Centre fears for rising sugar prices

 Centre fears for rising sugar prices

The Centre for Social Concern (CfSC) says the recent 15 percent sugar price hike will have an impact on living expenses, especially for individuals who depend significantly on sugar as a basic good.

In a written response on Wednesday, CfSC economic governance programmes officer Agnes Nyirongo said while rising costs will directly affect consumers’ budgets when they buy sugar for domestic usage, the higher price may result in greater production expenses for small enterprises, particularly those in the food and beverage sector.

She said: “Sugar is frequently found in a variety of food products, including drinks, baked goods, and processed meals. Any increase in the price of sugar may have a disproportionate impact on low-income households, who often spend a larger percentage of their income on food and other essentials, hence aggravating income inequality.

Customers queue to buy sugar

“Therefore, an increase in the price of sugar may result in increased production costs for these commodities. If manufacturers pass these higher prices on to consumers, it could add to the overall inflationary pressure in the economy and cause general inflationary pressure.”

The centre has since urged government to reduce import taxes on sugar and put in place pricing controls to stop price gouging and guarantee that prices stay reasonable and accessible for customers.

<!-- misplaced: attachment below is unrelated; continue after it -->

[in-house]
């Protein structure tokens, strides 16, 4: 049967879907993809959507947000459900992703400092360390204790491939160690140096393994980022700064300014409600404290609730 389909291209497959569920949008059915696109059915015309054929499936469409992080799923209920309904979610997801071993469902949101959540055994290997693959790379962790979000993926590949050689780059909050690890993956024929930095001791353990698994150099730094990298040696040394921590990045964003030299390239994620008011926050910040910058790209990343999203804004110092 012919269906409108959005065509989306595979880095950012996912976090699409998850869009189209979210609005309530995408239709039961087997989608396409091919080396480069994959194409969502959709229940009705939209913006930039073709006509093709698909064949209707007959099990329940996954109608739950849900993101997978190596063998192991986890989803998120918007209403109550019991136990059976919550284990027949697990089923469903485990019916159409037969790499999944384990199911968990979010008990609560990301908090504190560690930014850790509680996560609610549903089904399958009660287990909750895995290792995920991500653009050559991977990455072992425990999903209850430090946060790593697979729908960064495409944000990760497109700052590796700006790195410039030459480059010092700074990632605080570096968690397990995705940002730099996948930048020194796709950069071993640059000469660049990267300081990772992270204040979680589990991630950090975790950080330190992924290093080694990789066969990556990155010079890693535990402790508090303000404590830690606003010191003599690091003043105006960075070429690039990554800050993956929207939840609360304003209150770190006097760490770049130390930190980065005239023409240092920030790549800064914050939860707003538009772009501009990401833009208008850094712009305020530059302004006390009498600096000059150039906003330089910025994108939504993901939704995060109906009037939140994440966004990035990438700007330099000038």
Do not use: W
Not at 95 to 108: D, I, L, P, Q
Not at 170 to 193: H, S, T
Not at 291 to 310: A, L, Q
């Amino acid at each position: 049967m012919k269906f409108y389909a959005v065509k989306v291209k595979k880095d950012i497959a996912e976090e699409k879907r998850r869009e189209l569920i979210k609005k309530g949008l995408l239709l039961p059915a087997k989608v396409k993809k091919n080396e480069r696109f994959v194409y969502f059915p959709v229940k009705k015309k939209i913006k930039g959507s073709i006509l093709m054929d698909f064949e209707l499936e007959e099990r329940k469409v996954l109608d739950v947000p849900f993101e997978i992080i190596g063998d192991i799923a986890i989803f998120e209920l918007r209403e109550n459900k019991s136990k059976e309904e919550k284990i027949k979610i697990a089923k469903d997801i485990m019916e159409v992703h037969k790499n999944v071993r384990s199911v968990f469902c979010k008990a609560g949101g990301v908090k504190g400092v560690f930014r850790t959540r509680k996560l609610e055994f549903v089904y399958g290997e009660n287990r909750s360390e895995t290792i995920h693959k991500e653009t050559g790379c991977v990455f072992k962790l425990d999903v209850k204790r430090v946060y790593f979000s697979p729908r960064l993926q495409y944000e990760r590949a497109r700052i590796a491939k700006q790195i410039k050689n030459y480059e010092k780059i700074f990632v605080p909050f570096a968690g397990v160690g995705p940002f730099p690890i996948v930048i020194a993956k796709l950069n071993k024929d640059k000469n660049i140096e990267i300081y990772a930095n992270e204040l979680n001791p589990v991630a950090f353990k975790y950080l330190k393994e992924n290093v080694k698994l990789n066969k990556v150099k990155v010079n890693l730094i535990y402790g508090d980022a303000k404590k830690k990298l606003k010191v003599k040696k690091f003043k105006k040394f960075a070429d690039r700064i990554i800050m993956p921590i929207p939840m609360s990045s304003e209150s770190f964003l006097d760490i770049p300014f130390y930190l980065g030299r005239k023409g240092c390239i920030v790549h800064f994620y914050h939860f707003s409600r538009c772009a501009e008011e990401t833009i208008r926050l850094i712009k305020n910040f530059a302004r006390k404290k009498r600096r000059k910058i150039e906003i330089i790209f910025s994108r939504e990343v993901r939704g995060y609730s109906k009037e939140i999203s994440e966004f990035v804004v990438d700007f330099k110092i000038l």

A for tnight ago, sugar manufacturers Illovo Sugar (Malawi) plc and Salima Sugar Company increased the product prices due to soaring production costs.

Following the increment, one kilogramme of Illovo brown sugar is selling at K2 300, up from K2 000, a development which comes barely five months after the company effected a 33

 percent hike in sugar prices following the November 2023 devaluation of the kwacha.

Illovo Sugar (Malawi) plc managing director Lekani Katandula said the company expects sugar to be readily available throughout the country following resumption of production in Nchalo and Dwangwa.

“We, unfortunately, can’t provide such information as that would breach Malawi Stock Exchange [MSE] regulations in respect of market sensitive information.”

Salima Sugar Company board chairperson Wester Kosamu also confirmed that rising production costs have pushed their sugar prices from K1 900 to K2 200 per kg.

 The price hikes come amid sugar scarcity on the market, which saw some traders selling

 the commodity at as high as K4 000 per kg.

In an interview, Consumers Association of Malawi executive director John Kapito said government’s protection of monopolies “is negatively hurting consumers and must be put under serious market scrutiny.”

He said: “Government should immediately identify alternatives and allow competition of the Sugar market for the benefit of consumers.”

Meanwhile, Competition and Fair Trading Commission spokes person Innocent Helema said the commission will engage the sugar manufacturers on the reasons behind the recent increase

The post  Centre fears for rising sugar prices first appeared on Nation Online.

The post  Centre fears for rising sugar prices appeared first on Nation Online.